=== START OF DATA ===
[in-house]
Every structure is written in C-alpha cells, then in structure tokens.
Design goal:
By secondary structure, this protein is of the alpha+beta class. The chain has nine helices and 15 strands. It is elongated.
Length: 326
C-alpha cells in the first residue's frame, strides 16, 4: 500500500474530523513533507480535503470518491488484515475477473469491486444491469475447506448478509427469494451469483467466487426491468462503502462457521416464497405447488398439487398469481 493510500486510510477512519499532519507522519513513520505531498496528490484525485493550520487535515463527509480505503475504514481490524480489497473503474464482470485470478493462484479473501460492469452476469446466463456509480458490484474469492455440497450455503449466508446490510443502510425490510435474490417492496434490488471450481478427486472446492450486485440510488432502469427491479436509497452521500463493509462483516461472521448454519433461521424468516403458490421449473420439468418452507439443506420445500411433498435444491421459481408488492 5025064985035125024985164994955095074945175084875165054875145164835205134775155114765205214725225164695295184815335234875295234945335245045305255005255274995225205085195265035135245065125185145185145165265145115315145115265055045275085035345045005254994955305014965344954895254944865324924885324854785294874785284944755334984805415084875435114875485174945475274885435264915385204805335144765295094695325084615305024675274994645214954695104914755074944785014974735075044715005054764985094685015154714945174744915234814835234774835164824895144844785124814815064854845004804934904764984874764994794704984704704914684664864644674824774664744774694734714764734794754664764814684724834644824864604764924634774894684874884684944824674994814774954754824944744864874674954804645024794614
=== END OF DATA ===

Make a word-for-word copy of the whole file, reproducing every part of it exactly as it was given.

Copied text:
[in-house]
Every structure is written in C-alpha cells, then in structure tokens.
Design goal:
By secondary structure, this protein is of the alpha+beta class. The chain has nine helices and 15 strands. It is elongated.
Length: 326
C-alpha cells in the first residue's frame, strides 16, 4: 500500500474530523513533507480535503470518491488484515475477473469491486444491469475447506448478509427469494451469483467466487426491468462503502462457521416464497405447488398439487398469481 493510500486510510477512519499532519507522519513513520505531498496528490484525485493550520487535515463527509480505503475504514481490524480489497473503474464482470485470478493462484479473501460492469452476469446466463456509480458490484474469492455440497450455503449466508446490510443502510425490510435474490417492496434490488471450481478427486472446492450486485440510488432502469427491479436509497452521500463493509462483516461472521448454519433461521424468516403458490421449473420439468418452507439443506420445500411433498435444491421459481408488492 5025064985035125024985164994955095074945175084875165054875145164835205134775155114765205214725225164695295184815335234875295234945335245045305255005255274995225205085195265035135245065125185145185145165265145115315145115265055045275085035345045005254994955305014965344954895254944865324924885324854785294874785284944755334984805415084875435114875485174945475274885435264915385204805335144765295094695325084615305024675274994645214954695104914755074944785014974735075044715005054764985094685015154714945174744915234814835234774835164824895144844785124814815064854845004804934904764984874764994794704984704704914684664864644674824774664744774694734714764734794754664764814684724834644824864604764924634774894684874884684944824674994814774954754824944744864874674954804645024794614